New Jerseyians speak out against Trump immigration ban
TRENTON -- People around New Jersey continue to protest President Donald Trump's executive order temporarily suspending immigration from seven Muslim countries.
About a thousand people showed up Sunday for a rally in front of the Elizabeth Detention Center, organized by the immigration advocacy group Make the Road New Jersey and a dozen groups from around the state. U.S. Sen. Cory Booker, hours after he addressed protesters at Washington's Dulles International Airport after a judge issued a ban on the executive order, also marched at the Elizabeth rally.
Assemblyman John Wisniewski, who is also a candidate for governor, spoke at the rally.
"The truth is Trump’s executive orders do not make us safer and are nothing more than a sloppy and ignorant attempt to enact a Muslim ban that is fundamentally anti-American. We cannot stop fighting to end this Muslim ban," the Democrat said on his Facebook page."
Rep. Bonnie Watson Coleman, who boycotted Trump's inaugural, also came to the rally.
Democratic gubernatorial candidate Phil Murphy released a statement calling Trump's order "un-American and disgraceful." The former Ambassador to Germany also called upon Gov. Chris Christie to "direct his attorney general to take all legal means to protect refugees and green card holders currently in New Jersey who may be affected by this administration's misguided policies."
Christie did not comment on the matter on Sunday on his Twitter account.
Rep. Frank Pallone told the Elizabeth rally about a Middletown constituent's mother who was detained in Iran.
"I had some constituent over the weekend who has a daughter in Middletown, New Jersey in my district who had been bringing her parents over. They had an immigration visa, it took them years to get there, they got to the airport in Tehran and were told that they had to go home. Do you know how long it takes to get an immigrant visa to come to the United States? And to say that those decisions are going to be based on whether or not you're Muslim and your religion is totally an outrage and runs contrary to everything we believe as an American," Pallone said in a video posted on his Facebook page.
Rep. Leonard Lance was the only Republican member of the New Jersey congressional delegation to address the topic over the weekend while South Jersey Rep. Frank LoBiondo issued a statement on Monday morning. The two Congressmen agree that while the borders need protection Trump's executive action was put into effect too quickly.
The Trump Administration has every right to be concerned about the safety and security of the American People," wrote the 7th Congressional District congressman, "the President’s current travel ban executive order appears rushed and poorly implemented. Reports of green card holders and those who assisted us in the War on Terror being denied or delayed entry into the U.S. is deeply concerning and must be remedied immediately," Lance wrote on his Facebook page on Sunday.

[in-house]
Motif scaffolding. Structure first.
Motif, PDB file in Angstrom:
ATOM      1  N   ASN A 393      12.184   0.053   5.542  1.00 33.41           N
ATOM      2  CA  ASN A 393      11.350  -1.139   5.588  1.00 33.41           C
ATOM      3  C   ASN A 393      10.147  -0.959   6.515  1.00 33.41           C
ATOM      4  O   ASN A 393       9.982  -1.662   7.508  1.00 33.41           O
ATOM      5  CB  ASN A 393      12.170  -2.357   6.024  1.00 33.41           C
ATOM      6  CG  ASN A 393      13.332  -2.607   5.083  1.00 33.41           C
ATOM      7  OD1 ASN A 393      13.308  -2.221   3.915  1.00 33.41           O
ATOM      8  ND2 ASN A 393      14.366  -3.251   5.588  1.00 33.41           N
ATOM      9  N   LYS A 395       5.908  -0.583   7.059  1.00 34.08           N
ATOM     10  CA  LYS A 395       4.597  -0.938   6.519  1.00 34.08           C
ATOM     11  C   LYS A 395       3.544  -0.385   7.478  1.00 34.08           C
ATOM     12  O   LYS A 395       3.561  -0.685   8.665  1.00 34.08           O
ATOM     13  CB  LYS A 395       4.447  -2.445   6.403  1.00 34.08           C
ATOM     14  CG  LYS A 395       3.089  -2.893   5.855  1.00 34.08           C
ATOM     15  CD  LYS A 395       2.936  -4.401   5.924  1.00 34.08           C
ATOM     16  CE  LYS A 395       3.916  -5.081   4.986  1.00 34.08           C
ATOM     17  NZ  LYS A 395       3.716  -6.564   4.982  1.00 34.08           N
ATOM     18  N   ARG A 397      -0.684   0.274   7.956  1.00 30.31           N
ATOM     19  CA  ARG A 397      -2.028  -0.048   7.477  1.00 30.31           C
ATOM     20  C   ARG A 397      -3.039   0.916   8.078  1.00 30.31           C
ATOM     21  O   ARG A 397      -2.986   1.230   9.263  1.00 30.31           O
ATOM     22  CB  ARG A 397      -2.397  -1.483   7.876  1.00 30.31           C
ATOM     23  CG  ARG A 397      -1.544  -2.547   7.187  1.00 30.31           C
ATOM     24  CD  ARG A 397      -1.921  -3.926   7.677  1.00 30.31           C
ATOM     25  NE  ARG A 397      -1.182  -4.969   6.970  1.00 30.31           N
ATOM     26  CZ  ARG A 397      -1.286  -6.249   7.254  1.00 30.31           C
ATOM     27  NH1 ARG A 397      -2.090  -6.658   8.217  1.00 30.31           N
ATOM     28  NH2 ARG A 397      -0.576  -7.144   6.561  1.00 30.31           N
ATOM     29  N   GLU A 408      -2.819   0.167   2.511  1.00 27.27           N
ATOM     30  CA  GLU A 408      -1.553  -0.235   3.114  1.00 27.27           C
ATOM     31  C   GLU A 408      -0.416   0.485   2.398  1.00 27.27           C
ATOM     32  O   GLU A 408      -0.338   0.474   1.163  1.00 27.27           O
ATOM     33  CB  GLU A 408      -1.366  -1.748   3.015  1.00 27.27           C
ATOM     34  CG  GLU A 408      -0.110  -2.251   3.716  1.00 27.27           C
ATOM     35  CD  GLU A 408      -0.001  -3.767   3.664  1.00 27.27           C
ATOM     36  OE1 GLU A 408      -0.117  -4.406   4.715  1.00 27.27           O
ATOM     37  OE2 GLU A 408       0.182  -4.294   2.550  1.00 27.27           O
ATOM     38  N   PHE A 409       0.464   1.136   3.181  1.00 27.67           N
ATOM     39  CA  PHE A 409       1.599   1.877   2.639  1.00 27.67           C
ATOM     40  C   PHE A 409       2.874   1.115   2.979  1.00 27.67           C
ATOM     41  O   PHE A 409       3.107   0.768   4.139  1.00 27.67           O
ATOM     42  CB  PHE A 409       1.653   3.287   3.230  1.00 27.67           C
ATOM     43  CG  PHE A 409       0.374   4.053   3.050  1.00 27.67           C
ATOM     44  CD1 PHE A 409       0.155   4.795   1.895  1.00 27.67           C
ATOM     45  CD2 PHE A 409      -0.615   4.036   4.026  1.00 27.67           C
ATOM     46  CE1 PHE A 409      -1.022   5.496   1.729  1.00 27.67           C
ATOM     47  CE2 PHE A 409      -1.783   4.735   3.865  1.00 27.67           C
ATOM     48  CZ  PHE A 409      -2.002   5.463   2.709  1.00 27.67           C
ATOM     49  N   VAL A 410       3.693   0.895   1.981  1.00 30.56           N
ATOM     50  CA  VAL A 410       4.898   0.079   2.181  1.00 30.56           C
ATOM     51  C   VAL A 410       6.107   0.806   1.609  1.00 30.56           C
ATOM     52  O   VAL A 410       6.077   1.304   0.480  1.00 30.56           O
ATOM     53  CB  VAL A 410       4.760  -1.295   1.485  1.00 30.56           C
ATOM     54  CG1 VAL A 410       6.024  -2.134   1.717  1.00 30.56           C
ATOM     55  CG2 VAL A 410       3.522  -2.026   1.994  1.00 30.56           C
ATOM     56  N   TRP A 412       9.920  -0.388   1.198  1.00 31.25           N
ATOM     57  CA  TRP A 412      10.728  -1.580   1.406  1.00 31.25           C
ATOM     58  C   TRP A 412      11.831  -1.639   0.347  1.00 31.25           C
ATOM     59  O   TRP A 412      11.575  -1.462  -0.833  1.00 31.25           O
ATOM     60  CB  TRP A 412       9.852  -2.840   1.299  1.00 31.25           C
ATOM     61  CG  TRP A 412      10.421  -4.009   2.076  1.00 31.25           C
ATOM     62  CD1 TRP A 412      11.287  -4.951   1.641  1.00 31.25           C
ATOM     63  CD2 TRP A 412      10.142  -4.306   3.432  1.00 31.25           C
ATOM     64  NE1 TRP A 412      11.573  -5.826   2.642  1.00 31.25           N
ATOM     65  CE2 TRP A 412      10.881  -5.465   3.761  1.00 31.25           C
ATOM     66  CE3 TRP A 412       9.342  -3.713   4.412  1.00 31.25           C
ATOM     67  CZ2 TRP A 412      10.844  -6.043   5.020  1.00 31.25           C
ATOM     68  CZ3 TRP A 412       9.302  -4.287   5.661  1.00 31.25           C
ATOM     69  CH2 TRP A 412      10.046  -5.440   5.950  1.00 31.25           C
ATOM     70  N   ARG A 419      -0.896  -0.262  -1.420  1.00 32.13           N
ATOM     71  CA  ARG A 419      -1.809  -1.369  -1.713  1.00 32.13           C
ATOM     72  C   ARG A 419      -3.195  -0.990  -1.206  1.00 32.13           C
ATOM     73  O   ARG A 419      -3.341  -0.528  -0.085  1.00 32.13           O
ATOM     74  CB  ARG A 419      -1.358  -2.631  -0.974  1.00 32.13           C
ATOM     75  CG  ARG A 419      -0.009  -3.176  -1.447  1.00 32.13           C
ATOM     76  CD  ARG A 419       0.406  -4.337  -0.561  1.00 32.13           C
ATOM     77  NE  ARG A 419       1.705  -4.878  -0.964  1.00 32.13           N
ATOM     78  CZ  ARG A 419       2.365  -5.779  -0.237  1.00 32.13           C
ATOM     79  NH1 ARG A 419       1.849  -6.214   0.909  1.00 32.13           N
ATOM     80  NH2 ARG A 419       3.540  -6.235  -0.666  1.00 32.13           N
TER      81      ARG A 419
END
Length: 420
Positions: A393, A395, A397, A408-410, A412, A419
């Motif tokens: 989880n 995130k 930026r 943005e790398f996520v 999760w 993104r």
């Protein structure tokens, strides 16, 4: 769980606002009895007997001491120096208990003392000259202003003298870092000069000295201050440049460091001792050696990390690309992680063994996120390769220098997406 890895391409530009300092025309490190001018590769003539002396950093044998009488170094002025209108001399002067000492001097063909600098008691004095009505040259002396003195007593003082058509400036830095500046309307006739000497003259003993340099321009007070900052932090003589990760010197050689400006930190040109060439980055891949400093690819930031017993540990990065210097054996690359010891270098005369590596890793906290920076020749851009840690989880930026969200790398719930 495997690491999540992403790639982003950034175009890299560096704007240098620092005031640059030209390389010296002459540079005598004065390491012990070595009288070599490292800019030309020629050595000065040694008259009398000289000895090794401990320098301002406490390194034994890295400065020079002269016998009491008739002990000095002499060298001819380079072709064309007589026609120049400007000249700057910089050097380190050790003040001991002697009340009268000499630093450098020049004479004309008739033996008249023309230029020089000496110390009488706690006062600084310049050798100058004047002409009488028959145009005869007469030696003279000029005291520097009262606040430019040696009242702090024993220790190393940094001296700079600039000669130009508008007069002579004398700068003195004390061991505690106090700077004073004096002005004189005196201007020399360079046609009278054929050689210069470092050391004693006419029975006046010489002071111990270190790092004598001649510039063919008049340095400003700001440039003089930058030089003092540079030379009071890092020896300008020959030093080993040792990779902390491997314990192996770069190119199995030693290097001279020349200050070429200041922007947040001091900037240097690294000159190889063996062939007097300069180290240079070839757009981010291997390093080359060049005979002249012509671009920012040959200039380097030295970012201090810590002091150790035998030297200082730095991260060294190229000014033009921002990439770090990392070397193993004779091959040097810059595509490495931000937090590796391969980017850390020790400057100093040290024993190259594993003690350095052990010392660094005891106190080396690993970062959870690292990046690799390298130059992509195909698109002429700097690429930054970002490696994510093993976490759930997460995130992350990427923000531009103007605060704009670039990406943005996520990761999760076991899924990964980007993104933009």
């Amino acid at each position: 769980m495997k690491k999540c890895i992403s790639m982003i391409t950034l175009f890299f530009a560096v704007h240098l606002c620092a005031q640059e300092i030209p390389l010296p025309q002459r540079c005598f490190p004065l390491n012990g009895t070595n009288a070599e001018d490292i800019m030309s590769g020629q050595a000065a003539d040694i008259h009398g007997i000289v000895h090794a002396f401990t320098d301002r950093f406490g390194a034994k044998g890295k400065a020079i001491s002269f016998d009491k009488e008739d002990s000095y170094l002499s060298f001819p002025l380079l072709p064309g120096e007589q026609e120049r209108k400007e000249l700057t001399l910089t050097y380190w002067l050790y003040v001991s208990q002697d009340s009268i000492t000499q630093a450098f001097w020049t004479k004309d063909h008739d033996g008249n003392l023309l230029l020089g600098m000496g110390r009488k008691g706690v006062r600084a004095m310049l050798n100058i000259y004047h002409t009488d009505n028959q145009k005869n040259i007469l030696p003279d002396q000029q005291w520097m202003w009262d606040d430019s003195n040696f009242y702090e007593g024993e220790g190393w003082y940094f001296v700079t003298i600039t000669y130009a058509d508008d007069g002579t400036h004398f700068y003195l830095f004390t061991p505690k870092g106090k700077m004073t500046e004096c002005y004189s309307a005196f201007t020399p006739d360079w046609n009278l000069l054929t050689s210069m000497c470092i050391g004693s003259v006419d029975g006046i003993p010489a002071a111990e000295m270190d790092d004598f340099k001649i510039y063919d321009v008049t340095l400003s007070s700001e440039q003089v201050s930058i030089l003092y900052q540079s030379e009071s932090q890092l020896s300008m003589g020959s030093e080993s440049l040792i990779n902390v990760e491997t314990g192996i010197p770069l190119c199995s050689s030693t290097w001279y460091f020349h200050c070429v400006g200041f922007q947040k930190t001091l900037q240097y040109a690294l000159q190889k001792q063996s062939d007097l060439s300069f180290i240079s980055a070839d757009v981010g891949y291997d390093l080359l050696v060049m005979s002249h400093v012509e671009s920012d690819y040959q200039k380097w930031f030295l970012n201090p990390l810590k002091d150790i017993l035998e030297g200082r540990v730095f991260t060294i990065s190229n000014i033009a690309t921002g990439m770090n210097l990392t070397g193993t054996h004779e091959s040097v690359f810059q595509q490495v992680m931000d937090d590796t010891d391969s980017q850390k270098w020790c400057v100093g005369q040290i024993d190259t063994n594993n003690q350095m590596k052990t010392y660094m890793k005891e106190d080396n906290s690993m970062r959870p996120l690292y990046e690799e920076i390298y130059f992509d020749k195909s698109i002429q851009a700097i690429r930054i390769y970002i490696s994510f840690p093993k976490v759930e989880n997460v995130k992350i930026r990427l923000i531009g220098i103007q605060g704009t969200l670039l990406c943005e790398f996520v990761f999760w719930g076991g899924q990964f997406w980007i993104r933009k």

"This is a temporary pause in the refugee resettlement program so that we may strengthen the screening process to prevent Islamic jihadists from coming to our country to attack us. The hasty execution of such efforts have created wide-spread confusion, frustration and misrepresentation of what America stands for. This was avoidable and I urge the Trump Administration, working with appropriate federal, state and local agencies, to quickly reassess," wrote LoBiondo.
Fellow Republicans Tom MacArthur, Chris Smith and Rodney Frelinghuysen did not post anything about Trump's order over the weekend.
Trump defended the order and said it's to protect U.S. citizens and the border, and insists it's "not a Muslim ban." The president says the U.S. will resume issuing visas to all countries impacted after a review of security policies. Nevertheless, protests against the ban continue across the country.
Rutgers president Robert Barchi and Princeton president Christopher Eisgruber also issued statements about the ban. Barchi’s statement addressed where students can get questions and concerns answered and where to get counseling.
"We share the view of many of our peer institutions who have argued strongly that many aspects of the executive order run counter to the academic and social mission of higher education," Barchi wrote, adding that counseling is available from Rutgers health services.
Eisrguber said in his statement Princeton has benefited from “the presence of individuals of diverse nationalities and faiths” and the school will protect them. Eisgruber reiterated that Princeton will protect personal information about non-citizens as it does for all students.
NJEA president Wendell Steinhauer also issued a statement condemning his executive order.
"The Trump administration has employed rhetoric, and is now taking actions, that undermine American democracy. The President and those around him have created a climate of fear and distrust that is harmful to all of us, but particularly to the children we educate. As educators, advocates and leaders, we pledge to do all that we can to resist any and every action by this administration that could harm our students," Steinhauer wrote.
The Associated Press contributed to this report.
Contact reporter Dan Alexander at Dan.Alexander@townsquaremedia.com.
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